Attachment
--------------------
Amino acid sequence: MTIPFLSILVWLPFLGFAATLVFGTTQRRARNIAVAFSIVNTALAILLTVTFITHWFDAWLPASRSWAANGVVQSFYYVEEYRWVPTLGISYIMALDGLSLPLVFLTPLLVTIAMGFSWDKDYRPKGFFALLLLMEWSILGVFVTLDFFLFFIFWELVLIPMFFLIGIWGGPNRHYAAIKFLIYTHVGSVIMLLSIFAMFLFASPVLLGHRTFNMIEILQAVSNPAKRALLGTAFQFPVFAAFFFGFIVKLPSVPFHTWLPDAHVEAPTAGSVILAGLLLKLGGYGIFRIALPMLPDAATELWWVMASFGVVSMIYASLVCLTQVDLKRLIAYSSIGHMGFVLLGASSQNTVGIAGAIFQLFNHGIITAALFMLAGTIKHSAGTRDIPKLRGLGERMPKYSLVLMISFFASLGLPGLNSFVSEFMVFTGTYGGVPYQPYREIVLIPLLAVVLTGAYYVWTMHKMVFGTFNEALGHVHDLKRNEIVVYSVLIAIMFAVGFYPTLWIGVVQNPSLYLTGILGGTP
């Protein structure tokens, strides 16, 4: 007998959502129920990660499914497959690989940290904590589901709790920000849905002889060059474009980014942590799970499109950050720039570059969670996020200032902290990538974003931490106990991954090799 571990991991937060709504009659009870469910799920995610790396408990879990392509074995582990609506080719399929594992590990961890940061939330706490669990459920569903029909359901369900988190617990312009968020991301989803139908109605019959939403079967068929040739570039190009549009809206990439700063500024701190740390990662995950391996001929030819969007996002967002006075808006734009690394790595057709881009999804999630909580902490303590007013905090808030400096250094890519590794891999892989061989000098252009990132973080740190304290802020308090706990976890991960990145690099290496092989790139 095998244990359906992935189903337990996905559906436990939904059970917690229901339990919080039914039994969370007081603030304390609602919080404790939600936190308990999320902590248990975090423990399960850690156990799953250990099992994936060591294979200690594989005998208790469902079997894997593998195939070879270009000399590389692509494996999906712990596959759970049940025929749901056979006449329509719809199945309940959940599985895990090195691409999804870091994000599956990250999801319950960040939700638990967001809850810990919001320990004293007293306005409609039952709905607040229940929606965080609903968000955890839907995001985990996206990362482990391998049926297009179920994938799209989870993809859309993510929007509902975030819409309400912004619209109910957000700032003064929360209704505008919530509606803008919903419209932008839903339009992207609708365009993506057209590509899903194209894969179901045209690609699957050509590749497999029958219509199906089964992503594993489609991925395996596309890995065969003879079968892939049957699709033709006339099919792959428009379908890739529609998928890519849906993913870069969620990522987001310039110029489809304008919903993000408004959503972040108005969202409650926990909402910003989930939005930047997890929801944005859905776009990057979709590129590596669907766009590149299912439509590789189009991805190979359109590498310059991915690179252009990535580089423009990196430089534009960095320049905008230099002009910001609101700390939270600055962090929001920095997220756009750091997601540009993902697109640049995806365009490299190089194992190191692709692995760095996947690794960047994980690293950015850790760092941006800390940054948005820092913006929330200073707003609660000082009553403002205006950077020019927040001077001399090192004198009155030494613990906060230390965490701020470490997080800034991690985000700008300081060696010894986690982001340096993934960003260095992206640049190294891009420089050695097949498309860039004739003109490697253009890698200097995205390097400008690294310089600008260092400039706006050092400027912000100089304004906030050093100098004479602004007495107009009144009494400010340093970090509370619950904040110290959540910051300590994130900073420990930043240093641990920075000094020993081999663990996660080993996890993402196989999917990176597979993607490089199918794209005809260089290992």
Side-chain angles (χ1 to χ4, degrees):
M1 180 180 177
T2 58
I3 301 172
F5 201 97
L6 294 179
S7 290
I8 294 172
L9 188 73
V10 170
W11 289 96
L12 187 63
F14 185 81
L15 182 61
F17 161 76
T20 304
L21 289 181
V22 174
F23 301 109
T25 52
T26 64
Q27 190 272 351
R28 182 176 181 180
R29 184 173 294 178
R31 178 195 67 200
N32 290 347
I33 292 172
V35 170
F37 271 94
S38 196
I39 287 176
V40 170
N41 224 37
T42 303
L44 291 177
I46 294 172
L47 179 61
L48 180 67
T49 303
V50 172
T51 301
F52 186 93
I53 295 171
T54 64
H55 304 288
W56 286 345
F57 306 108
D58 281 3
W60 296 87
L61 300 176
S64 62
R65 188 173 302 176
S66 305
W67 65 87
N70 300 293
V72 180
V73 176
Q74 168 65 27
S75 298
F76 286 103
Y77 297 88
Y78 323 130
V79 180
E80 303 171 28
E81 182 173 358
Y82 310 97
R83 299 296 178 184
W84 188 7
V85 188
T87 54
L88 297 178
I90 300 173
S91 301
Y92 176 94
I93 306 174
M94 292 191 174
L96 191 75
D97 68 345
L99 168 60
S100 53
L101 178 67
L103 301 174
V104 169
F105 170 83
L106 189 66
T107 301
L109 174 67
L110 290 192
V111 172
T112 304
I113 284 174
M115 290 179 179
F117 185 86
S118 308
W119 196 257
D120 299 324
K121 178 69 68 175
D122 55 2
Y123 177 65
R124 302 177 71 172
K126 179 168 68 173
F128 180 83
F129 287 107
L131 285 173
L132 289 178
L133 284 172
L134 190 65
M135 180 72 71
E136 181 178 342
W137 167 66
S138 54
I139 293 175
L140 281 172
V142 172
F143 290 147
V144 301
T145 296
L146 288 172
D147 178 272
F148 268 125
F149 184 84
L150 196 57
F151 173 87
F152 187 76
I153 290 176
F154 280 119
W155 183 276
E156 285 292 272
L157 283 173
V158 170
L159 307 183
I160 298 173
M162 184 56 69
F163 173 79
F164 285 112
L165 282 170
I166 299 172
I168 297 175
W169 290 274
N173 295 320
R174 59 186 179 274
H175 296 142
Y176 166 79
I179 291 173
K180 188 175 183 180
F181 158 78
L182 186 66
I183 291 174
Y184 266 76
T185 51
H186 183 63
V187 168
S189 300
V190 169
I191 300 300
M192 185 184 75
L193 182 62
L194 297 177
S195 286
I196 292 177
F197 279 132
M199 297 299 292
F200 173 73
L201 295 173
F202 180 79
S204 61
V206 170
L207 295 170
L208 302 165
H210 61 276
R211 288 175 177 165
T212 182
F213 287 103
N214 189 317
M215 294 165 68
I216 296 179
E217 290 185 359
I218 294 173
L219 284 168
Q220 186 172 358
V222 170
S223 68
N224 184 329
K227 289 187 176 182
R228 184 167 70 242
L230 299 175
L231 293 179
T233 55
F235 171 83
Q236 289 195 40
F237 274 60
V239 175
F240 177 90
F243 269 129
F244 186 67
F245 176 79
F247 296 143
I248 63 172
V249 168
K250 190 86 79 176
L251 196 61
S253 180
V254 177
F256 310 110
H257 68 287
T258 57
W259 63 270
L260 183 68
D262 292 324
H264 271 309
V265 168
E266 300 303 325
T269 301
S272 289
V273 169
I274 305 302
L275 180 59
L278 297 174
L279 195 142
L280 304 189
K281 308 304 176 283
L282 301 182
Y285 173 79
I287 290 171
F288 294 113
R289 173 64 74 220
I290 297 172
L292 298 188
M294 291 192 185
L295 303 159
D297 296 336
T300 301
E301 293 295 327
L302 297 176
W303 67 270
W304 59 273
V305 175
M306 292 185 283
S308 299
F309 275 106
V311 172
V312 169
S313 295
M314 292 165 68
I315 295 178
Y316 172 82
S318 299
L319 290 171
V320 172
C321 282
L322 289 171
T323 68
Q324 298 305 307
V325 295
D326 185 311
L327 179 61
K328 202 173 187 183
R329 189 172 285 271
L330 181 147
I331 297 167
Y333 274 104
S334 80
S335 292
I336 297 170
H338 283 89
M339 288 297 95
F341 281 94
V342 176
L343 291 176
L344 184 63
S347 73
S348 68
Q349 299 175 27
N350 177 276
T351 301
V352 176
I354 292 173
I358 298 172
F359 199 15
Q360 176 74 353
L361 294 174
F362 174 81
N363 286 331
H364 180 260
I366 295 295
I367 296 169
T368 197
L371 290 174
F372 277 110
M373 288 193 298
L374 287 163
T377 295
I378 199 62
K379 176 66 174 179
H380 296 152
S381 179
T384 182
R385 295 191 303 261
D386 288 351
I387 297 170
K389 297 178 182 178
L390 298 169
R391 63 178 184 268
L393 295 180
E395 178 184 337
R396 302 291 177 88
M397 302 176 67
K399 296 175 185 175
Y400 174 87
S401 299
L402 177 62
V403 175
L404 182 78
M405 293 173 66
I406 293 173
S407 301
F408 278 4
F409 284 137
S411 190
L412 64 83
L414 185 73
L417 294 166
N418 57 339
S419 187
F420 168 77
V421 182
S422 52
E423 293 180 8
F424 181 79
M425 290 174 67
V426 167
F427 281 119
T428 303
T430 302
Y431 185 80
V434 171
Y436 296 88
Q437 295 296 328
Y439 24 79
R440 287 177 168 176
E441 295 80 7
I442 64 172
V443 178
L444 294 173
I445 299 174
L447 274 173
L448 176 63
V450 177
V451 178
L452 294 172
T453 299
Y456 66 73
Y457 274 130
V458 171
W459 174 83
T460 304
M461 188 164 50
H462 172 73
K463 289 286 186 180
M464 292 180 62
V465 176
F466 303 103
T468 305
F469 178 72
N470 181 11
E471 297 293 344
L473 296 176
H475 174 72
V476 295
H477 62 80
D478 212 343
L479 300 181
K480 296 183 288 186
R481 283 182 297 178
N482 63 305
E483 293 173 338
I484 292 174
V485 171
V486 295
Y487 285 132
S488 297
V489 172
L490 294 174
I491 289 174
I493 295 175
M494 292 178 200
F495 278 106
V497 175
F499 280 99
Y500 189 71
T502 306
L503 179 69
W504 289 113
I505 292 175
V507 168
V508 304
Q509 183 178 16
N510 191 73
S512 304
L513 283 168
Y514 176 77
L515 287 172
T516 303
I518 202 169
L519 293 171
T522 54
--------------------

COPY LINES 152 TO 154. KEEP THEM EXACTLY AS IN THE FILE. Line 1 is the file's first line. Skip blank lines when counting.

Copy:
T185 51
H186 183 63
V187 168